Diane Keaton was the leading lady in this seminal Woody Allen film, but her look was anything but feminine. Costume designer Ruth Morley worked with Keaton to create a quirky, menswear-inspired look — think trousers, waistcoats, and oxfords — that echoed Keaton’s real-life style. But controversy struck when Lauren allegedly took most of the credit for the wardrobe. Morley has stated that his contribution was limited to a tuxedo jacket and blazer.
The Great Gatsby (1974)
Designer: Ralph Lauren
Rumors of misplaced credit plagued Lauren once again, this time, for costumes worn by Robert Redford and the rest of the male cast on the Jazz Age adaptation. Costume designer Theoni Aldredge pointed out that Lauren merely crafted her own designs. (Though she was unsuccessful in her fight with Paramount to remove Lauren’s name from the credits.) He retained secondary credit, while Aldredge took home the Best Costume Design Oscar — and omitted Lauren from her acceptance speech.
Belle de Jour (1967)
Designer: Yves Saint Laurent
The French designer worked his sartorial magic on the sets of The Pink Panther (1963) and Arabesque (1966), but his most famous film contribution was to the French classic Belle de Jour, starring Catherine Deneuve. The designer and actress struck a close friendship on the set and went on to collaborate on more films including La Chamade (1968), Mississippi Mermaid (1969), Liza (1972), Un flic (1972), and The Hunger (1983).
Great Expectations (1998)
Designer: Donna Karan
The designer used pieces from her Fall ?96 collection to dress Gwyneth Paltrow’s Estella in this modern re-telling of the classic Charles Dickens story. Paltrow?s emerald, olive and hunter green costumes were echoed in those worn by the film?s extras to create a stylish color-coordinated effect.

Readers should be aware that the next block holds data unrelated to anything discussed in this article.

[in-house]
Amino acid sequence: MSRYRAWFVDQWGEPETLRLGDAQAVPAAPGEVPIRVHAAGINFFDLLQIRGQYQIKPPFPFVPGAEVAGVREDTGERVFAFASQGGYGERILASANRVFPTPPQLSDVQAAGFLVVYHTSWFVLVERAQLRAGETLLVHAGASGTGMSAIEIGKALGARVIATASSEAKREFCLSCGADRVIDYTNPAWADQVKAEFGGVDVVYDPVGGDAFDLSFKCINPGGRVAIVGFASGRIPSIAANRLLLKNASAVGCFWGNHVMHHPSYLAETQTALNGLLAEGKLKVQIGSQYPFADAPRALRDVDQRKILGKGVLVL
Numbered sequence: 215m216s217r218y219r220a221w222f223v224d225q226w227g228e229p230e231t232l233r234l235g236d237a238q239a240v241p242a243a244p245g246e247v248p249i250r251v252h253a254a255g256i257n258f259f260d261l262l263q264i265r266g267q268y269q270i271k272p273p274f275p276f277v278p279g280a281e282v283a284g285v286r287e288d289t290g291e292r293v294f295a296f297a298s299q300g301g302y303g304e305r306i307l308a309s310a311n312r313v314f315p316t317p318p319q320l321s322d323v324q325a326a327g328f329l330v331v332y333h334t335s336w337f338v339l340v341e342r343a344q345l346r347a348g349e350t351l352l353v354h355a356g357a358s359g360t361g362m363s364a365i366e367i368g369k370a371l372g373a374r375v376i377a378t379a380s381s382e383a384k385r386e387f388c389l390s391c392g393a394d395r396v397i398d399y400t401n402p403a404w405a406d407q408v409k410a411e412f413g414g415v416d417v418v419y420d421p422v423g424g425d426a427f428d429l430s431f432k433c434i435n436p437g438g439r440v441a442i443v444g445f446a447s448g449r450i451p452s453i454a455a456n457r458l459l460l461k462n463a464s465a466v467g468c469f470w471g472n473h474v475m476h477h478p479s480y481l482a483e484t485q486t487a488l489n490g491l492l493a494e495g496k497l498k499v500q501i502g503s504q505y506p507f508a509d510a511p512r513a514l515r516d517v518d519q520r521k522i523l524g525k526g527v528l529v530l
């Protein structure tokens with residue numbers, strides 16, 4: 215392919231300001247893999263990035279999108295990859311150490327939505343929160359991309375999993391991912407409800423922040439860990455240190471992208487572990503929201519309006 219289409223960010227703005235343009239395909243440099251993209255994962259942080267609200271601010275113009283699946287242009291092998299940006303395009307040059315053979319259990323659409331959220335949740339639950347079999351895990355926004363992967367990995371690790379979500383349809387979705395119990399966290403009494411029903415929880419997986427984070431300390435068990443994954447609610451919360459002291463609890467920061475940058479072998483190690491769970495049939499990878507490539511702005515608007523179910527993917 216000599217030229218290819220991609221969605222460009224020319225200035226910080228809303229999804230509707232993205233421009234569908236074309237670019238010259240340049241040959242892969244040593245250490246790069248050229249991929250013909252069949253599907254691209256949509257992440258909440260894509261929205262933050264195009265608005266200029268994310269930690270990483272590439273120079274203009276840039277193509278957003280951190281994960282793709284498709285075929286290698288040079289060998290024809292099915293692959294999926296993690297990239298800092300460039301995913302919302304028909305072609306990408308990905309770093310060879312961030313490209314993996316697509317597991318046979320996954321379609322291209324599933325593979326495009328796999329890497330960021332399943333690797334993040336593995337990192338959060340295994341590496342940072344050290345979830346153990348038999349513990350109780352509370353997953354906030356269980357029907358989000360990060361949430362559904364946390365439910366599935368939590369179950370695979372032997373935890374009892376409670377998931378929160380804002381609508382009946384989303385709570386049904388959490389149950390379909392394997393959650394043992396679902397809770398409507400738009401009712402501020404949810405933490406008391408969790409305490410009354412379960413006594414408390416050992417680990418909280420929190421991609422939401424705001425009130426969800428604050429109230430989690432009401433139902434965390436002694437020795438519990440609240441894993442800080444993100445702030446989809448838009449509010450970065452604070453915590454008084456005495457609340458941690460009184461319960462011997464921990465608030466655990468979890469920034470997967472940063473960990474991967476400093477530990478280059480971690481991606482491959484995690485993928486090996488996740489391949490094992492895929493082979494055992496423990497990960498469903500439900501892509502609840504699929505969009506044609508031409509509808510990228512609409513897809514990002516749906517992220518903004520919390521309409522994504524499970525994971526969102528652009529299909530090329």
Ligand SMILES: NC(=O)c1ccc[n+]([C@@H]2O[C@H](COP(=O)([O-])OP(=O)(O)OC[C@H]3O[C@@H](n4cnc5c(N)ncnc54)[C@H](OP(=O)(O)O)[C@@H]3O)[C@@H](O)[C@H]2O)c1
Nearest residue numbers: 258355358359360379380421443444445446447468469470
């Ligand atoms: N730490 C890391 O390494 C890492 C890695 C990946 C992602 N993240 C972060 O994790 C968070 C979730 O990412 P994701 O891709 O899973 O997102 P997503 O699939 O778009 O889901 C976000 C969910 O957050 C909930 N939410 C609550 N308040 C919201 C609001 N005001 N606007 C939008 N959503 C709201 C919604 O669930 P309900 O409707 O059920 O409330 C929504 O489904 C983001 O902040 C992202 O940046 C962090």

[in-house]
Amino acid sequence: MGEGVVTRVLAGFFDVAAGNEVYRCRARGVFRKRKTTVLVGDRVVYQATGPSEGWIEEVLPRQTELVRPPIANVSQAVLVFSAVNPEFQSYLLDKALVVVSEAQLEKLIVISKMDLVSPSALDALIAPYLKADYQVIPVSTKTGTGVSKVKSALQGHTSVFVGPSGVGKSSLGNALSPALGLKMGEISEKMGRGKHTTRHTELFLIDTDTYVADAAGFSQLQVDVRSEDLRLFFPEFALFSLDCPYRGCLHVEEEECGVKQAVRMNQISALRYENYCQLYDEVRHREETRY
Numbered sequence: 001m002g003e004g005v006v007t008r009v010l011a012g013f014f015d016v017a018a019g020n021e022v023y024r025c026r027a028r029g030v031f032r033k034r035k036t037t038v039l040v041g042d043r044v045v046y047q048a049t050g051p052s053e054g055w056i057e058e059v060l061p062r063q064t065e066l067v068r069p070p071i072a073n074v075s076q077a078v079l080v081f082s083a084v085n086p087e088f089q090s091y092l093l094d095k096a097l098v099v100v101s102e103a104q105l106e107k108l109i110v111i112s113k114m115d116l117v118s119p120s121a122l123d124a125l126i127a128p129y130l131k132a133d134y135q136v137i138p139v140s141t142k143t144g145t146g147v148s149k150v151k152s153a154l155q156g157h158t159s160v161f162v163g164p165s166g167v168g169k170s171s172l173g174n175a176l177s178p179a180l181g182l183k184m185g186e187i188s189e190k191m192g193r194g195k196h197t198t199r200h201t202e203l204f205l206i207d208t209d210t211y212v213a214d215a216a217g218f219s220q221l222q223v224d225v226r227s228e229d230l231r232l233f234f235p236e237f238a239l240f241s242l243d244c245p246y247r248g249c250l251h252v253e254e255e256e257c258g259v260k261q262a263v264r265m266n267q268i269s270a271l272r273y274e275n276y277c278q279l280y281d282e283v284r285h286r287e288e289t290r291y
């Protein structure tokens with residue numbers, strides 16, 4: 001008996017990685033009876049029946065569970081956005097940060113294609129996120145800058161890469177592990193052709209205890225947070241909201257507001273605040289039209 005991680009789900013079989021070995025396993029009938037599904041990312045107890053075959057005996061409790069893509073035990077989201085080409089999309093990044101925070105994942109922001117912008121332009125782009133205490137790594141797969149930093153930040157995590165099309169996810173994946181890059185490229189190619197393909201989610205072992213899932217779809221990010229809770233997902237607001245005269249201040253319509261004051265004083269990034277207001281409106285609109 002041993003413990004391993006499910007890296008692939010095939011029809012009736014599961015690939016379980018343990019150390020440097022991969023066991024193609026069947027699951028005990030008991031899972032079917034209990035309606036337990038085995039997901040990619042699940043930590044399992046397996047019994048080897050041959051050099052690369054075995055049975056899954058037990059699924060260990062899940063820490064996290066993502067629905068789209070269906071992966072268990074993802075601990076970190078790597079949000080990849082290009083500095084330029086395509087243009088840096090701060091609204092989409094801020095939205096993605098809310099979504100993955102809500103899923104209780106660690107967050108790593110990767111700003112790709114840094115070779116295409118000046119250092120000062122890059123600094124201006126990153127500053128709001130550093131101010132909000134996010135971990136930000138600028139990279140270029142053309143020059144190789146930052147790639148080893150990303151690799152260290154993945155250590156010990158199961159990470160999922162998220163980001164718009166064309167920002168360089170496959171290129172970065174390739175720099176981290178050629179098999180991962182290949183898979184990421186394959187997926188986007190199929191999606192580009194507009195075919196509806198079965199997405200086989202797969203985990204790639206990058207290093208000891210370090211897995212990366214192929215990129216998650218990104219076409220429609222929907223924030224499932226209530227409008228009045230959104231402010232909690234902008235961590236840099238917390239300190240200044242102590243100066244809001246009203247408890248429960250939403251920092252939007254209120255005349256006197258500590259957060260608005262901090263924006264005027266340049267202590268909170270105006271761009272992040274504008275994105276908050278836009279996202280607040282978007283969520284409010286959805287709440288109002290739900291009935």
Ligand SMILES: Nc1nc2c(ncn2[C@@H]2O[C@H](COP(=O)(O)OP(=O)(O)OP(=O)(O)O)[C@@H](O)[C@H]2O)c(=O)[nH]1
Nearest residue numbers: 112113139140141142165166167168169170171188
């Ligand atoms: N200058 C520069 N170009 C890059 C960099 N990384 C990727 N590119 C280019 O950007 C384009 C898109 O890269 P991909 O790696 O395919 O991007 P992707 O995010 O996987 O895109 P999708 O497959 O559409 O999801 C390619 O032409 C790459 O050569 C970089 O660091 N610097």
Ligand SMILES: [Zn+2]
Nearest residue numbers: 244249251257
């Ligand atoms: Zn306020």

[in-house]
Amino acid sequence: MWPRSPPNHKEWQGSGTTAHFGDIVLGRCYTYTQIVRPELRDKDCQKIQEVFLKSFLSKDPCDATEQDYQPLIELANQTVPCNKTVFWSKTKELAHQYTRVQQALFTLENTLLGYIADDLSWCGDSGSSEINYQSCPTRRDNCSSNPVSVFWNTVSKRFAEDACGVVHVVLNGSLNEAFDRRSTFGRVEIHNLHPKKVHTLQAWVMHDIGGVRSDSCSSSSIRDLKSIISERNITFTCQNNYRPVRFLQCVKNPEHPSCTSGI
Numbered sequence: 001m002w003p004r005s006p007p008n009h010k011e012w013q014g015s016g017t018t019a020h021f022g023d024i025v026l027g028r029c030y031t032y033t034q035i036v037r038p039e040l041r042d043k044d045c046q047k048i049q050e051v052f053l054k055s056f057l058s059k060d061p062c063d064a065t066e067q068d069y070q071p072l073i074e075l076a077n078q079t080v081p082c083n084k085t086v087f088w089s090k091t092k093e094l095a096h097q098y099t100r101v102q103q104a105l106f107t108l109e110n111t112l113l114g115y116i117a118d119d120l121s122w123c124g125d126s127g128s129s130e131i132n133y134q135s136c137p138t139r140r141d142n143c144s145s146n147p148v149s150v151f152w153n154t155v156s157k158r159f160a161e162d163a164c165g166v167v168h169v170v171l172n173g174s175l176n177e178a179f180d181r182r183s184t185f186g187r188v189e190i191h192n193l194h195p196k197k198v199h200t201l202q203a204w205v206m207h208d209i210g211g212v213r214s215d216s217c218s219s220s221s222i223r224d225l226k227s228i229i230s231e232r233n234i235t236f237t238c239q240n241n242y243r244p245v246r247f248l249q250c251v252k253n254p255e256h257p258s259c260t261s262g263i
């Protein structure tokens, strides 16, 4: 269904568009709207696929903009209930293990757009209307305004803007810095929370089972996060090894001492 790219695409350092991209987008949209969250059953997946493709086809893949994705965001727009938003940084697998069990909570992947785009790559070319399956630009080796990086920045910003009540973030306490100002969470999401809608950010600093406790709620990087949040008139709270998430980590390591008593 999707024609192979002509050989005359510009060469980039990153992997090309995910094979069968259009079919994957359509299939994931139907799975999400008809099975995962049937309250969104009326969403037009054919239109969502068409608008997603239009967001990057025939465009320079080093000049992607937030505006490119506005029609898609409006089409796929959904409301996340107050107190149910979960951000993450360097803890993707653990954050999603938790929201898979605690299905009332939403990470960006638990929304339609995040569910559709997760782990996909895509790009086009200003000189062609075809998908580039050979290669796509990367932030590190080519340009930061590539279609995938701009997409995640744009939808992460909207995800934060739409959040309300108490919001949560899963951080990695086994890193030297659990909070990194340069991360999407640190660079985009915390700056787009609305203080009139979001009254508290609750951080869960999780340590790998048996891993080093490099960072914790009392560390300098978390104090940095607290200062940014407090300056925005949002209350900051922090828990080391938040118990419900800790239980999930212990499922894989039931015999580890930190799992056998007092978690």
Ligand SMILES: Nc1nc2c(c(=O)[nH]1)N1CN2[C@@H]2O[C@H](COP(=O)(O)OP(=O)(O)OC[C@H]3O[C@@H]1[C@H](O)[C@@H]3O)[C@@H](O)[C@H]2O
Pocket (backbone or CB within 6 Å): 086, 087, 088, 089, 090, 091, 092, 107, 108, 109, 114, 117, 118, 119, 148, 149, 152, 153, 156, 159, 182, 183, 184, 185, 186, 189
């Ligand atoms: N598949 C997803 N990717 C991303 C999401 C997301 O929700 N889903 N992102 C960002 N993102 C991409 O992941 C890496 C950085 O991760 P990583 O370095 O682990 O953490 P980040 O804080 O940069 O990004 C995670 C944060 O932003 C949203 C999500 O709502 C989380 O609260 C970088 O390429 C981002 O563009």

Wall Street (1987)
Designer: Alan Flusser
”…And buy a decent suit. You can’t come in here looking like that. Go to Morty Sills. Tell him I sent you,” Gordon Gekko (Michael Douglas) tells Bud Fox (Charlie Sheen) in 1987’s high-finance drama Wall Street. Though Morty Sills was a real tailor, known for dressing Manhattan’s power players in the 1980s, costume designer Ellen Mirojnick actually commissioned menswear designer Alan Flusser to cut and fit all of Gekko’s well-tailored suits, and custom shirtmaker Alex Kabbaz to create his signature (Tom Wolfe-inspired) shirts.
2001: A Space Odyssey (1968)
Designer: Hardy Amies
Once Royal outfitter to Queen Elizabeth II and other members of the British Royal Family, Hardy Amies designed the costumes (royal milliner Freddie Fox created the hats) for Stanley Kubrick’s 1967 Sci-Fi flick. Though the fashions were futuristic, much of the wardrobe still had a distinct late ’60s vibe.
La Dolce Vita (1960)
Designer Inspiration: Cristóbal Balenciaga
Piero Gherardi deserves full credit for the costumes (and he got it when he won the Oscar for Best Costume Design for his work on the film) but Fellini often claimed that it was designer Cristóbal Balenciaga’s sack dress that inspired his vision for the film. ”These sack dresses struck Fellini because they rendered a woman very gorgeous who could, instead, be a skeleton of squalor and solitude inside,” co-writer Brunello Rondi told Fellini biographer Peter Bondanella. Interestingly, no Balenciaga designs actually appear in the movie.